Message Number: YG6210 | New FHL Archives Search
From: Alyssa Umsawasdi
Date: 2001-08-08 15:42:00 UTC
Subject: Re: VERY ill ferret..please help!

That sounds similar to what I went through with Simmi, my 5 year old
female. Her inflammatory bowel disease diagnosis was made mid-June,
and she's finally regaining her weight and energy. Her situation was
pretty complicated, though, with a couple of surgeries and lots of
trial and error. Hopefully this will give you some ideas to research
with your vet...

Simmi had her left adrenal gland removed at the beginning of May, and
seemed to be recovering well from that for about a month. After about
3-4 weeks, I noticed that she seemed to be eating less, but her weight
was stable.

I was horrified to come home one night to find evidence that she had
eaten the fuzz off one of her toys. Lots of petromalt, and a trip to
the vet for ultrasound and xray later, she seemed ok. She didn't pass
any more of the material and she was still eating, so the vet wasn't
too concerned at that point. Conveniently, she provided a stool
sample for examination, but the vet didn't find campylobacter or
anything else that seemed unusual. Coincidentally, she continued to
lose fur, and her vulva had not shrunken at all.

Unfortunately for the next week and a half, she continued to lose
weight. Her stools became seedy, she also stopped eating her kibble,
and refused anything she considered to be a treat (Nutrical, etc.).
By that point, we were feeding her Deliver and baby food, but she
would fight us. We decided to schedule her for surgery before her
situation became worse.

They removed a grossly enlarged right adrenal gland (normal in
appearance 6 weeks previously), which turned out to be a complicated
procedure because they actually had to remove part of the vena cava
wall, thus constricting the diameter. The biopsy from the jejunum
gave an IBD diagnosis based on the cellular infiltrates. They also
found a 4mm insulinoma.

After we were able to bring her home (she needed fluids + monitoring
the first 24 hours), she was started on pred (for adrenal + IBD). She
still fought us when we tried to feed her, as weak as she was. We
were hand-feeding 4-5 times/day. And when she did eat, she would paw
at her mouth and gag. Her condition didn't seem to improve, and her
stools would alternate from being seedy to being tarry. She was then
put on flagyl + amoxicillin in case there was Helicobacter
complicating things. Also, based on her electrolyte values, she was
started on Florinef (as a consequence of losing her adrenal glands).
Even with this and an increased pred dosage, she continued to lose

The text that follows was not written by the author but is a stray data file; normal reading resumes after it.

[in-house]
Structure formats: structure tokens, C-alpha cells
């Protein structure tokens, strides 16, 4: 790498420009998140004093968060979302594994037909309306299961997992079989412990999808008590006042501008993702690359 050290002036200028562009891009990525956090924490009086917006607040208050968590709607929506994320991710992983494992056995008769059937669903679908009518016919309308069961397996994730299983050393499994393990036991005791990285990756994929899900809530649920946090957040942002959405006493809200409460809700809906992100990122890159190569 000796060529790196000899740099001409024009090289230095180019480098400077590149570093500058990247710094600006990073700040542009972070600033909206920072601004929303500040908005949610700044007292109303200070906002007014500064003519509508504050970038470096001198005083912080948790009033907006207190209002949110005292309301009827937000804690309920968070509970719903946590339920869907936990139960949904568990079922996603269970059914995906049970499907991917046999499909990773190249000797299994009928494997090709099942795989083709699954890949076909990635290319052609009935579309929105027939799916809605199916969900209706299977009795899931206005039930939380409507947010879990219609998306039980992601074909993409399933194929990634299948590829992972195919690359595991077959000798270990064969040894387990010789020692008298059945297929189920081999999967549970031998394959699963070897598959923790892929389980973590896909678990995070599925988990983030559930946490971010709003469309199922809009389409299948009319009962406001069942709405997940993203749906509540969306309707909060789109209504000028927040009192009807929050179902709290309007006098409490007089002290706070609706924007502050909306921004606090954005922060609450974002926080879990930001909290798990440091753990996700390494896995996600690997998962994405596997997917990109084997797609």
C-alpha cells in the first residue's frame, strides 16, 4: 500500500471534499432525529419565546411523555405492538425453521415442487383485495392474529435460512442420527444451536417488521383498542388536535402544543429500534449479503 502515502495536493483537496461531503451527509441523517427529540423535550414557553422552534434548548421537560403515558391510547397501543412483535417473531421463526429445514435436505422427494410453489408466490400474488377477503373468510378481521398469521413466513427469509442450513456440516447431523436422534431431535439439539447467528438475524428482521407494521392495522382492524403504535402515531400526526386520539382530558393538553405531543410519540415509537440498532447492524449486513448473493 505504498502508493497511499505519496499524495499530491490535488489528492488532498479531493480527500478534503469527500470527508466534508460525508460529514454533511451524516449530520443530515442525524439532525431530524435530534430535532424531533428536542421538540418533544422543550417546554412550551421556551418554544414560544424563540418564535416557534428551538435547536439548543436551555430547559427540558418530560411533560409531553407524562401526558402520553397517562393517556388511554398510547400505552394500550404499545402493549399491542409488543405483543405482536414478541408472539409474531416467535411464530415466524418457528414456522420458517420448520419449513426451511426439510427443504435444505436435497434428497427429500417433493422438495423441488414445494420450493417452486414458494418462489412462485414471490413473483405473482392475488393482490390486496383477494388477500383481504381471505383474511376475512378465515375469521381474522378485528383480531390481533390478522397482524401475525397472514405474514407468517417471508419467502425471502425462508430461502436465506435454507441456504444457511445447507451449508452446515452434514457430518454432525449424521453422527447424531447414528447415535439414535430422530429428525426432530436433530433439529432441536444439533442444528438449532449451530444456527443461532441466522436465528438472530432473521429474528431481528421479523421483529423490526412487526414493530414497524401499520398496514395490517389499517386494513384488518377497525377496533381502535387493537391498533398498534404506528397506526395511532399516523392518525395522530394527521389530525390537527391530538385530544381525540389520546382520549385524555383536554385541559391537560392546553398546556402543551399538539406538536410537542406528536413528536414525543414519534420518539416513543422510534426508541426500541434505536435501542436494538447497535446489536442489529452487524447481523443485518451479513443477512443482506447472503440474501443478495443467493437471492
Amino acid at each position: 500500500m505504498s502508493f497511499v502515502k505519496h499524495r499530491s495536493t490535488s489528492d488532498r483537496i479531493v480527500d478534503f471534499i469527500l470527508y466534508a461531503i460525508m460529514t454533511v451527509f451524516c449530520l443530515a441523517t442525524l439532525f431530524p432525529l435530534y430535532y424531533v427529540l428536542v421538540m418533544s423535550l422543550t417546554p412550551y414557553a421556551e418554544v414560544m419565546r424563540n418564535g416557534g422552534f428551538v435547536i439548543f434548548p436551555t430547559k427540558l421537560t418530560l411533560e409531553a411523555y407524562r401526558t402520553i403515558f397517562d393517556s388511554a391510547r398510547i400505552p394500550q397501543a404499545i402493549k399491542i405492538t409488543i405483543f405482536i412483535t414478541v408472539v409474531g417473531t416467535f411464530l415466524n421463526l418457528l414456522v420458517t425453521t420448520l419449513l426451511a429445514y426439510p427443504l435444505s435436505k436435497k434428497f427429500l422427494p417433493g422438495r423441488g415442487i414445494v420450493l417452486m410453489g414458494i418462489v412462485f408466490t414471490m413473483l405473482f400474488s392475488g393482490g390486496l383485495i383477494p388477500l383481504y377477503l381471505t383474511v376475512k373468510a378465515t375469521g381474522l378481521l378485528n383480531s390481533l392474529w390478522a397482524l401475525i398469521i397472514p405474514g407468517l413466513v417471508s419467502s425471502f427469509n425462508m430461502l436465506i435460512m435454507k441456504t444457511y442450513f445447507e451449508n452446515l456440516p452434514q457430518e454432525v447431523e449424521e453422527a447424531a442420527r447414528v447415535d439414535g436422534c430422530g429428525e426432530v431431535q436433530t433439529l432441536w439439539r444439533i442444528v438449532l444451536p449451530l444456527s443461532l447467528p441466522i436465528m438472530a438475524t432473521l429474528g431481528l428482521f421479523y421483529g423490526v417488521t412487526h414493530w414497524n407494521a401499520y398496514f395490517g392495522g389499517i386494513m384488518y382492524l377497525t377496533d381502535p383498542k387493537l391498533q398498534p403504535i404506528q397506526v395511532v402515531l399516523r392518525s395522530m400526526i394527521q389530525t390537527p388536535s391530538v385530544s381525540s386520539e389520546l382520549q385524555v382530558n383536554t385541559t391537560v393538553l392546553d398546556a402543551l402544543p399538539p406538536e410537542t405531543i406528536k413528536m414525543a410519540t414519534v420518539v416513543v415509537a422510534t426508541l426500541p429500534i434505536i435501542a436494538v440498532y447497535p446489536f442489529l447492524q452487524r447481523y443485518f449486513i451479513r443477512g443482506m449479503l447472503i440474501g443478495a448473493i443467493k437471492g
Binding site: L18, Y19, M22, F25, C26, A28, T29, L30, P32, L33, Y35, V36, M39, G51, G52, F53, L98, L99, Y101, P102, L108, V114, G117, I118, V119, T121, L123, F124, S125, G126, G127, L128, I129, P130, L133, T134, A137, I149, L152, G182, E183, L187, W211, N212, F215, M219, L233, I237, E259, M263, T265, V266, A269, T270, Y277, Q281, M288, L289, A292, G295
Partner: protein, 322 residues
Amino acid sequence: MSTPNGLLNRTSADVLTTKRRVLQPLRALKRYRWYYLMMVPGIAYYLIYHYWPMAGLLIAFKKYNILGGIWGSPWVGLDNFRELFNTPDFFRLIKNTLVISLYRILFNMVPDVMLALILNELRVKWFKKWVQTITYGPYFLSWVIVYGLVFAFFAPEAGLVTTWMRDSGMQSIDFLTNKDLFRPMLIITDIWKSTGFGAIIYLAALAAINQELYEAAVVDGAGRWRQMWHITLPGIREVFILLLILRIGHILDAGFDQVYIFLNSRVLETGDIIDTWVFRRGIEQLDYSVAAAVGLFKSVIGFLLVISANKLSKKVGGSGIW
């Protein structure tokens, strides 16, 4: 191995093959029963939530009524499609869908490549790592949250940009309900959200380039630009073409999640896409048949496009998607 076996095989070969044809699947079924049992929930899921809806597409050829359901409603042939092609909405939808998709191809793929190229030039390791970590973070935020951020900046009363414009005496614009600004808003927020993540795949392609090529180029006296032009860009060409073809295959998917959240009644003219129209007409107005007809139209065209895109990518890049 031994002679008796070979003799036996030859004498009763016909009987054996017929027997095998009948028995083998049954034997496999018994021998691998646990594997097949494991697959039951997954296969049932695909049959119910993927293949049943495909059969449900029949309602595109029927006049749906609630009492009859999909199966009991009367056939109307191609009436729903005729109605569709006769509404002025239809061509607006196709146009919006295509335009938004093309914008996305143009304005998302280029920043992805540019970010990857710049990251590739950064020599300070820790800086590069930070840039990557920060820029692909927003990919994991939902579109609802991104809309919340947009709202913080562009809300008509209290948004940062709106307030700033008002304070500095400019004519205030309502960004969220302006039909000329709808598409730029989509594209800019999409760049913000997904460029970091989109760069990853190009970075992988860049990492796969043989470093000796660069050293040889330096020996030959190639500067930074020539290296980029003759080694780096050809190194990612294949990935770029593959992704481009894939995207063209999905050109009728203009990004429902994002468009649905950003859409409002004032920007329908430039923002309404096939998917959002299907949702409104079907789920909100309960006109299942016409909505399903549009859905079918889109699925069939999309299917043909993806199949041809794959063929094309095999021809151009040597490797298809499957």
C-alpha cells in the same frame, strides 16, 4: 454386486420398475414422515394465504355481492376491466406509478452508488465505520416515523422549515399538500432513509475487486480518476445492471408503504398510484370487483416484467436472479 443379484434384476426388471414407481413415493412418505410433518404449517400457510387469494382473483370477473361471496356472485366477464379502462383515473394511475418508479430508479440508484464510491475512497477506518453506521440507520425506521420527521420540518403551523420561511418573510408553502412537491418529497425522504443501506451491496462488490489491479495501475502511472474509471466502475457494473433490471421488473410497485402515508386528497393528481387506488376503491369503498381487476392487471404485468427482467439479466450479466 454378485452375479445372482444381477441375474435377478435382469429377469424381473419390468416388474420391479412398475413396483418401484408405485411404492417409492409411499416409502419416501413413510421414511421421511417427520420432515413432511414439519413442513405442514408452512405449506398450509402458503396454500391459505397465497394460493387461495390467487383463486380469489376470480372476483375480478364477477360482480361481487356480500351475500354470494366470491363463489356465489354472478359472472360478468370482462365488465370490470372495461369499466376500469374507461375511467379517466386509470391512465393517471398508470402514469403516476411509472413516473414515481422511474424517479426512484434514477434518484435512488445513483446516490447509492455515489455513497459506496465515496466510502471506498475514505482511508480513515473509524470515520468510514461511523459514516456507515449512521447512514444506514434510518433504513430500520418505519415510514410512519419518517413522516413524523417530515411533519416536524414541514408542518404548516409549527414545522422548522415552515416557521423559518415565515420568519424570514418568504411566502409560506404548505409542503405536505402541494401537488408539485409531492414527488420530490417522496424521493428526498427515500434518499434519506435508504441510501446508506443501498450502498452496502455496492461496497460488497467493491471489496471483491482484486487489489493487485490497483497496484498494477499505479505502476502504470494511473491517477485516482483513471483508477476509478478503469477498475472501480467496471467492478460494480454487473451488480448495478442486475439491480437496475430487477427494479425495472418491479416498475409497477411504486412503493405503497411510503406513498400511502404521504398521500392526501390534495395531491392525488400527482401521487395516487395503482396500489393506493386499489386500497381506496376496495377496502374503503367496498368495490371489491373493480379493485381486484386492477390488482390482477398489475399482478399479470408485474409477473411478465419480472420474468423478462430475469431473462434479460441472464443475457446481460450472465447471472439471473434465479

weight, and was down to barely 1 pound, compared to her normal 1.5lbs.

My vet put her on Winstrol (an anabolic steroid) to help her retain
her muscle mass and stimulate her appetite, as well as started her on
watered-down A/D with a pinch of Nupro. At this point, we dropped the
flagyl. She actually did start perking up, but would still fight us
on the feedings and gag or vomit afterwards. She was definitely
eating a lot more, but the stools were still seedy. In the meantime,
my vet did some more research, looking into Imuran, which he had used
successfully with cats, but never used for ferrets before.

We started her on the Imuran about 3 weeks ago. We saw a huge
improvement in her stools after the first several days. Currently,
she's on pred, florinef, Winstrol, Imuran, and amoxi. She goes back
to the vet this week. Since we've started the Winstrol and Imuran,
she's regained about half the weight she's lost. She looks fat
compared to how she looked a few weeks ago (although she could stand
to gain a few ounces). :) Not to mention that she's become a lot more
energetic (which makes medicating her very difficult!), and is
returning to her normal self. Her stools went from being seedy, to
pudding-like, and almost look normal again.

We're still feeding her 4 times/day with the A/D and Nupro, and she
eats willingly. The frequent feeding has probably been the most
important thing, especially since she went so long without digesting
her food well. She'll still sometimes paw at her mouth if we've made
her "soup" too chunky, and holding her up after she eats will distract
her from pawing at her mouth.

Sorry this was so long. It's been a pretty hairy couple of months for
us with her. I hope this helps...